After Mookie Betts made spectacular play after spectacular play in the postseason — including two home run robberies and a key catch of a sinking liner in Game 5 of the National League Championship Series — it should come as no surprise that Betts is the National League Gold Glove winner for right field. In his first season with the Los Angeles Dodgers, Betts claimed his fifth consecutive Gold Glove Award after winning four with the Boston Red Sox.
Although postseason play doesn’t factor in to the awards, Betts’ catch of Dansby Swanson’s line drive in the third inning might have saved the game — and the Dodgers’ season. The Braves, up 3-1 in the series, led 2-0 with runners at second and third and one out when Betts made his grab, with Marcell Ozuna then ruled out for leaving third base early. The catch kept the game close, and the Dodgers rallied to win 7-3.
“Unbelievable play by an unbelievable player in a big moment,” teammate Corey Seager said after that game. “That is what you need to win baseball games this time in the year.”
Betts was tied for third among all players with 11 defensive runs saved, tied with Byron Buxton and trailing only Nolan Arenado‘s 15 and Joey Gallo’s 12. Arenado won his eighth consecutive Gold Glove at third base, matching all eight seasons he has played in the majors. Gallo is known for his prodigious home runs, but he earned his first Gold Glove after moving to right field on a full-time basis for the first time in his career.
This year’s Gold Gloves were based on a collection of defensive metrics known as the SABR Defensive Index, which combines several methods of estimating defensive performance statistically. Because of MLB’s regional schedule this season, managers and coaches — usually one part of the final component — did not vote.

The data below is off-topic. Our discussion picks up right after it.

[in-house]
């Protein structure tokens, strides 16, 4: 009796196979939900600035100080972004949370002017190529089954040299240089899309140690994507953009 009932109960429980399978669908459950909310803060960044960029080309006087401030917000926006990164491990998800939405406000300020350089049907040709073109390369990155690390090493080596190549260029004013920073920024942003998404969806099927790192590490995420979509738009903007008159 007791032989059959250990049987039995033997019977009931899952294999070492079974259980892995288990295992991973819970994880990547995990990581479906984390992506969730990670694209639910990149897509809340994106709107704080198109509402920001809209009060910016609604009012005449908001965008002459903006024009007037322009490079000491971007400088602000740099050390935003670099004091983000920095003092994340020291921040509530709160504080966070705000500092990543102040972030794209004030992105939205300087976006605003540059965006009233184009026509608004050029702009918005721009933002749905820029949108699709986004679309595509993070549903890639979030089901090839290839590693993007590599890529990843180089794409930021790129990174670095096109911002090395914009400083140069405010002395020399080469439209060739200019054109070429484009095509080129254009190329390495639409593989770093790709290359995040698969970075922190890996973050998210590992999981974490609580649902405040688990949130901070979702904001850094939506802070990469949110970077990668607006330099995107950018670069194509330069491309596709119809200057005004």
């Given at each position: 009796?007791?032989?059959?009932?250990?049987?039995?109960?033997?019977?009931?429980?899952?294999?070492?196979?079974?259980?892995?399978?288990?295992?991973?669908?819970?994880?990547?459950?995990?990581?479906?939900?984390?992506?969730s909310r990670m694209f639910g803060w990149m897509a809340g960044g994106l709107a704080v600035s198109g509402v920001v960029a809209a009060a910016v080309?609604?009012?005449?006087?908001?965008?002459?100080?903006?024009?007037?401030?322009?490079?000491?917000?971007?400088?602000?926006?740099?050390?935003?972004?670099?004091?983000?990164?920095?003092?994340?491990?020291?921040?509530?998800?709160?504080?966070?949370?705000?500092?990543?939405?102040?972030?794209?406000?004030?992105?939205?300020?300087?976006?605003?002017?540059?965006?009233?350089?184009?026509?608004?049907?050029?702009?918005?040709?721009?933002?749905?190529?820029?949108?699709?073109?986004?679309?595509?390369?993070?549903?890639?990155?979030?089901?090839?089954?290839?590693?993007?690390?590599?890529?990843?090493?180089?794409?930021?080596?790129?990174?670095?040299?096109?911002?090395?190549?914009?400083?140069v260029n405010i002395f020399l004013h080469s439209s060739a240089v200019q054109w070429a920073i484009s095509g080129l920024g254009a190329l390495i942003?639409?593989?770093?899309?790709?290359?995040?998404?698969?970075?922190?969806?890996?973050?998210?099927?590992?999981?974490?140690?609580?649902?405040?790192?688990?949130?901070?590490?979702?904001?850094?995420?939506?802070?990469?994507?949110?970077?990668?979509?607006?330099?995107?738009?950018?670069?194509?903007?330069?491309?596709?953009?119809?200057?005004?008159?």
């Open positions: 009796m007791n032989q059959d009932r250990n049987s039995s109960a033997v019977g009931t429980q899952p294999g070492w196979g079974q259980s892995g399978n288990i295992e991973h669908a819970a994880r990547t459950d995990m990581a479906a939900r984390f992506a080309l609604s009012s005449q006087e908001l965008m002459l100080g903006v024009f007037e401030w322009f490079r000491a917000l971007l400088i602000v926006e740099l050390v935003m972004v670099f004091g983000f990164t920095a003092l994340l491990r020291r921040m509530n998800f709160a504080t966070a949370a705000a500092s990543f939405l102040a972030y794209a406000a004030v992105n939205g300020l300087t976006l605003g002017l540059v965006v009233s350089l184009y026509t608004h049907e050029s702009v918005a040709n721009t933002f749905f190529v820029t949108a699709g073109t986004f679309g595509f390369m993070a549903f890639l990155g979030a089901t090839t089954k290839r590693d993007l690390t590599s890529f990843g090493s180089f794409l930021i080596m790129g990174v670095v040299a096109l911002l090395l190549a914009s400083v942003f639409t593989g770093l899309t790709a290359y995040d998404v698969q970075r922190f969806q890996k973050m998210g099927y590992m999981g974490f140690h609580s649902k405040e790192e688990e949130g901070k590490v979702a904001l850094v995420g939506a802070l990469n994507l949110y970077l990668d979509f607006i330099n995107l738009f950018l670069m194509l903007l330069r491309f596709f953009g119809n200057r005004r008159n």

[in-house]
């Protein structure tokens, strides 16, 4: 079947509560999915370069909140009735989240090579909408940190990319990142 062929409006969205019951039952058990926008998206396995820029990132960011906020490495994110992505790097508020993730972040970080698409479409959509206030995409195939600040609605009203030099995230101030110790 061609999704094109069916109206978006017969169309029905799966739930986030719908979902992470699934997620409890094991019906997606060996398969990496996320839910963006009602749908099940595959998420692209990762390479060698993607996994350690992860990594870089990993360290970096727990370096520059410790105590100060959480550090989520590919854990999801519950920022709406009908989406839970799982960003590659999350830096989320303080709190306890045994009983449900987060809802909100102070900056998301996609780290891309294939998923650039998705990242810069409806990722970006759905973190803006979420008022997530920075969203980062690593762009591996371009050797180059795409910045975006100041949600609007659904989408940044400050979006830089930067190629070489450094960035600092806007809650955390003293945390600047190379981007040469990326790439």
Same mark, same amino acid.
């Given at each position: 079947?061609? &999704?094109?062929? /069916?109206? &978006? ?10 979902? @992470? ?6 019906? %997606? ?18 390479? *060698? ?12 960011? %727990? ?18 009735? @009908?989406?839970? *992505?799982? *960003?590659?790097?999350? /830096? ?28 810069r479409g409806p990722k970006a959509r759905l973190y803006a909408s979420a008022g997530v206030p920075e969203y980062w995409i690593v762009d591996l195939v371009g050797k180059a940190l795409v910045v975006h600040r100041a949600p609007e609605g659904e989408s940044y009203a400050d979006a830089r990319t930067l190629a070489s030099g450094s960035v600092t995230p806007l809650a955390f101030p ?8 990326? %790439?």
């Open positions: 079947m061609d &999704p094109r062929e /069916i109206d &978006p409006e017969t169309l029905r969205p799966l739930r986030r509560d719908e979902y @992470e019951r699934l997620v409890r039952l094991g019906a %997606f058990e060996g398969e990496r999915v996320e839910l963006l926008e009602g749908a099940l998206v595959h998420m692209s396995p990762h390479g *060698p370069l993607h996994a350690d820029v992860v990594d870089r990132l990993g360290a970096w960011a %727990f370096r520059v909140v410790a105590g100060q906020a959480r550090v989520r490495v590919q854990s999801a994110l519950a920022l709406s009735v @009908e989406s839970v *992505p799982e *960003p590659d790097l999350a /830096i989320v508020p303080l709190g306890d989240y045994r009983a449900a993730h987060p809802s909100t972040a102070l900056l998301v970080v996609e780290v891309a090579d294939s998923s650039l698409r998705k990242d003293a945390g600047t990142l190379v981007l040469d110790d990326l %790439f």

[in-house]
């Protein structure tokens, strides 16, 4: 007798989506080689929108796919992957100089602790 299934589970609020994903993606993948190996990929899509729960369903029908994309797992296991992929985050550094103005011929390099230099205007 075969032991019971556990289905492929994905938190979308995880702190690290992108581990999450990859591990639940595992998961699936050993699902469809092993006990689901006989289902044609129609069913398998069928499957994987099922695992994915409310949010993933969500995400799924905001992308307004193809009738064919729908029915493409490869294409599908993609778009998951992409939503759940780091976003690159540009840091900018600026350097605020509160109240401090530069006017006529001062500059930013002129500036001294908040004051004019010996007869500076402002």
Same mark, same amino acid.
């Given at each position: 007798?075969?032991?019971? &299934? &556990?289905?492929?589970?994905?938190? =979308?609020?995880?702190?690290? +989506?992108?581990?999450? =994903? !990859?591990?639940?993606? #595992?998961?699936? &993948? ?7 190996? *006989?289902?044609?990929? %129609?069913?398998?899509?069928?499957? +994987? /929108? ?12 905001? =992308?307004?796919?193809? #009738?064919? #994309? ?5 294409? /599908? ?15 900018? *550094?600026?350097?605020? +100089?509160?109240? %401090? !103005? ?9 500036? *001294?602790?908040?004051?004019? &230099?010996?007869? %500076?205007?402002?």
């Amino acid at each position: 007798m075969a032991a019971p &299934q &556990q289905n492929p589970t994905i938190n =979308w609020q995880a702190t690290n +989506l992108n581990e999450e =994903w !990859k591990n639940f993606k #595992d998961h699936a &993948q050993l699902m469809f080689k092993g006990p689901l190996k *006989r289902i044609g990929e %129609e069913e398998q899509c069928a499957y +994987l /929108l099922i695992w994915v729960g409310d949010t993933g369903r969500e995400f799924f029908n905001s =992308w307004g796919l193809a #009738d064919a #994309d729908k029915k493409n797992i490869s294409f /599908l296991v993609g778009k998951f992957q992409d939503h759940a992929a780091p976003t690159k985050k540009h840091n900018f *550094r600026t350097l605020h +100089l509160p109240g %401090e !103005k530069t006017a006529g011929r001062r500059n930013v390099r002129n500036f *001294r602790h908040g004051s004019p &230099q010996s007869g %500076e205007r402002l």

Other repeat winners:
In the National League, Cubs first baseman Anthony Rizzo (fourth overall) and second baseman Kolten Wong of the Cardinals (second overall) were winners. The Cardinals did not pick up Wong’s $12.5 million team option for 2021, so he takes his Gold Glove into free agency. Reds catcher Tucker Barnhart also won his second Gold Glove after winning in 2017.
Rizzo said earning the honor for the third straight year in the pandemic-shortened season “is something that definitely feels good.”
“I think that with this year and everything that every team had to go through is going to be a growing year for a lot of people, including myself,” Rizzo said on the 10th Rawlings Gold Glove Award show broadcast by ESPN. “So to be able to win a Gold Glove is something I will never, ever take for granted.”
In the American League, Indians catcher Roberto Perez won his second straight, and Royals left fielder Alex Gordon won his fourth in a row and the eighth of his career. Gordon, who announced his retirement in September, becomes the sixth player to win a Gold Glove in his final season, joining pitchers Greg Maddux, Mike Mussina and Bobby Shantz, outfielder Roberto Clemente and first baseman Wes Parker. Gordon finishes his career as one of the greatest defensive left fielders of all time. Based on total zone fielding runs, an estimated defensive measurement that goes back to 1953, Gordon trails only Barry Bonds and Carl Yastrzemski in career runs saved.
“This is kind of the perfect retirement present to get walking out,” Gordon said on ESPN, adding that winning eight Gold Gloves is something he couldn’t have anticipated, but he feels “very fortunate that it happened.”
White Sox center fielder Luis Robert beat Buxton, and Mariners first baseman Evan White edged two-time winner Matt Olson, with the pair becoming the first rookie winners since Arenado won in 2013. Cubs shortstop Javier Baez, known for his fielding wizardry, struggled at the plate in 2020 but won his first Gold Glove, beating Swanson, who led all shortstops in DRS.
Gordon, Indians second baseman Cesar Hernandez, White and Wong earned $18,519 bonuses, prorated portions of $50,000. Arenado and Robert earned $9,259, prorated portions of $25,000, and St. Louis left fielder Tyler O’Neill earned $3,704, a prorated portion of $10,000.
Perez’s 2021 salary escalated by $250,000 to $5.75 million, and Barnhart’s by $250,000 to $4 million.
The Associated Press contributed to this report.